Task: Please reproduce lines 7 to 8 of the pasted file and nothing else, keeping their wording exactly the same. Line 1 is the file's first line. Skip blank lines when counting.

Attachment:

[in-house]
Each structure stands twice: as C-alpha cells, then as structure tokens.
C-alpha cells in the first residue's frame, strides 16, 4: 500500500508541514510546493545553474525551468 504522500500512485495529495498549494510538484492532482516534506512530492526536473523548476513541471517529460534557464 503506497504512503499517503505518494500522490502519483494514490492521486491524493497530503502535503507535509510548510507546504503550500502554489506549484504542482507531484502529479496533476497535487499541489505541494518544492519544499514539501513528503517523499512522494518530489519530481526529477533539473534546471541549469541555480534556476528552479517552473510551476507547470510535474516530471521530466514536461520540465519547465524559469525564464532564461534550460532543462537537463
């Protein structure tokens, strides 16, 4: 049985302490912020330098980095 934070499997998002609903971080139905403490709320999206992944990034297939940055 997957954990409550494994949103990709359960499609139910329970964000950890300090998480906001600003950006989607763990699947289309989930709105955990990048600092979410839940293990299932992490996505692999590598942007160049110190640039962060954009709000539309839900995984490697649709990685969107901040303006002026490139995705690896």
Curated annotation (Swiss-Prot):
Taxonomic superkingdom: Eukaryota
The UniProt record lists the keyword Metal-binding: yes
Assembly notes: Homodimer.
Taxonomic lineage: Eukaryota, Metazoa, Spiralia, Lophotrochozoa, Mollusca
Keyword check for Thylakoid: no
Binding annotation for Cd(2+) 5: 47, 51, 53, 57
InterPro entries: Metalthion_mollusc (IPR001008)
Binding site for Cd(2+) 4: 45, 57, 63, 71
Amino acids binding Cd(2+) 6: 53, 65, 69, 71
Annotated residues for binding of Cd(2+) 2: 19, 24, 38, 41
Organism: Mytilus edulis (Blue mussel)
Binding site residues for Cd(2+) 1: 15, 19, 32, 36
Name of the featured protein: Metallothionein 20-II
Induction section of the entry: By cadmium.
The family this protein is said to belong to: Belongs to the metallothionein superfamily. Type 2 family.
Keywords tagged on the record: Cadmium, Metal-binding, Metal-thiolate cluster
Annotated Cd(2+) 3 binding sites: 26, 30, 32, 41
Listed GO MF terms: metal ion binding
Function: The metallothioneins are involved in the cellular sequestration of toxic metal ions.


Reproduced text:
The UniProt record lists the keyword Metal-binding: yes
Assembly notes: Homodimer.